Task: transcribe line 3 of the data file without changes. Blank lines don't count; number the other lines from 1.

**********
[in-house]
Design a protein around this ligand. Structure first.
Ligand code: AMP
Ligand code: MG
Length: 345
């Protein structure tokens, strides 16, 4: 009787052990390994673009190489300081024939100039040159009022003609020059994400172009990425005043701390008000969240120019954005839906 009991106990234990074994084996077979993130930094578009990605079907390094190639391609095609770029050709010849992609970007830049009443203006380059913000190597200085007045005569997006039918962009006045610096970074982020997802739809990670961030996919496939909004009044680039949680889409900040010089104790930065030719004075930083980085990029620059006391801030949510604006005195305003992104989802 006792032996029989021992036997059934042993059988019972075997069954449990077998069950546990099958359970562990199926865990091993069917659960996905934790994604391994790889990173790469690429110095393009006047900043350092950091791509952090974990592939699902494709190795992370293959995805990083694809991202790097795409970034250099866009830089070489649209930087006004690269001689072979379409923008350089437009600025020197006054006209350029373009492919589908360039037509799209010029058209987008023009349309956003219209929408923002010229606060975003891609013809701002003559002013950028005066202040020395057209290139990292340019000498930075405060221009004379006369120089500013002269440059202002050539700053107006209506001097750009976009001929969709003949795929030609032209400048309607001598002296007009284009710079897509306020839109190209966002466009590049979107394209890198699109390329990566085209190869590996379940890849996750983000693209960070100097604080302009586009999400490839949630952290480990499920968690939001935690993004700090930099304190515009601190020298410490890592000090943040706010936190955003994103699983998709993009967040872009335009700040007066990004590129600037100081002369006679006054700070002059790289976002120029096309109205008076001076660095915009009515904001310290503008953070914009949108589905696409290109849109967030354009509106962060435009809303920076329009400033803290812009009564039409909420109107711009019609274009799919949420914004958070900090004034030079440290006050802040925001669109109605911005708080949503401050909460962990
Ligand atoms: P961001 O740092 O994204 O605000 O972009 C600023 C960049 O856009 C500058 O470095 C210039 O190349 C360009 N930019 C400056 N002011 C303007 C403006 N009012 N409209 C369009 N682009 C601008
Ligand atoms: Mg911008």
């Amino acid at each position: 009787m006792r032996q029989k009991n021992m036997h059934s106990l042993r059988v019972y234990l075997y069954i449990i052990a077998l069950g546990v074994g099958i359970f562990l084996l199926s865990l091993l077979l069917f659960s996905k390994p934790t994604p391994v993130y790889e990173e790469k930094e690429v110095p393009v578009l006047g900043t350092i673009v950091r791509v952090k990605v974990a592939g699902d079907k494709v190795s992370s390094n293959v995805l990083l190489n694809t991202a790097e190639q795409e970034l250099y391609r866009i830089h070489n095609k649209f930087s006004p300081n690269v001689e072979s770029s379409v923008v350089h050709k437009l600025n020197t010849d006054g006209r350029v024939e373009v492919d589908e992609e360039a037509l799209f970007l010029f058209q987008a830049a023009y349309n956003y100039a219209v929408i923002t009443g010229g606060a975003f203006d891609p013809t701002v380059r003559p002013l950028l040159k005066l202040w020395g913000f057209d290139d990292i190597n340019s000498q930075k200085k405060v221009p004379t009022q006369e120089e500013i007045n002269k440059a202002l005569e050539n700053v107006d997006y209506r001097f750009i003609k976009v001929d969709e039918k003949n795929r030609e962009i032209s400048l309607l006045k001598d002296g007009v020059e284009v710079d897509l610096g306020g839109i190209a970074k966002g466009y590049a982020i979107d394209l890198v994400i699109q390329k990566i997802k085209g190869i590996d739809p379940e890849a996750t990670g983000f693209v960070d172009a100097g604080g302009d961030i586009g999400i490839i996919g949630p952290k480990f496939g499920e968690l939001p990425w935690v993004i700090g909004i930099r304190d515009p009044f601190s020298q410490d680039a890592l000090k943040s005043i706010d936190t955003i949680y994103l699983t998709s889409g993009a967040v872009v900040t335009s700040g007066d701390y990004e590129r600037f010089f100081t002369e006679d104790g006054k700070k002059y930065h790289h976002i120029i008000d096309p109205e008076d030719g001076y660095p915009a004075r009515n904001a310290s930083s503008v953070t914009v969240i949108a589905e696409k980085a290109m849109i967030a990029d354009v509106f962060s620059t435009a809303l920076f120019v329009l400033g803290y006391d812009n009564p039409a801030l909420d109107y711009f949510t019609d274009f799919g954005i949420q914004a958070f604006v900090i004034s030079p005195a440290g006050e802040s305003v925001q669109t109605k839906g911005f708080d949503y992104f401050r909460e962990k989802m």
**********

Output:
Ligand code: AMP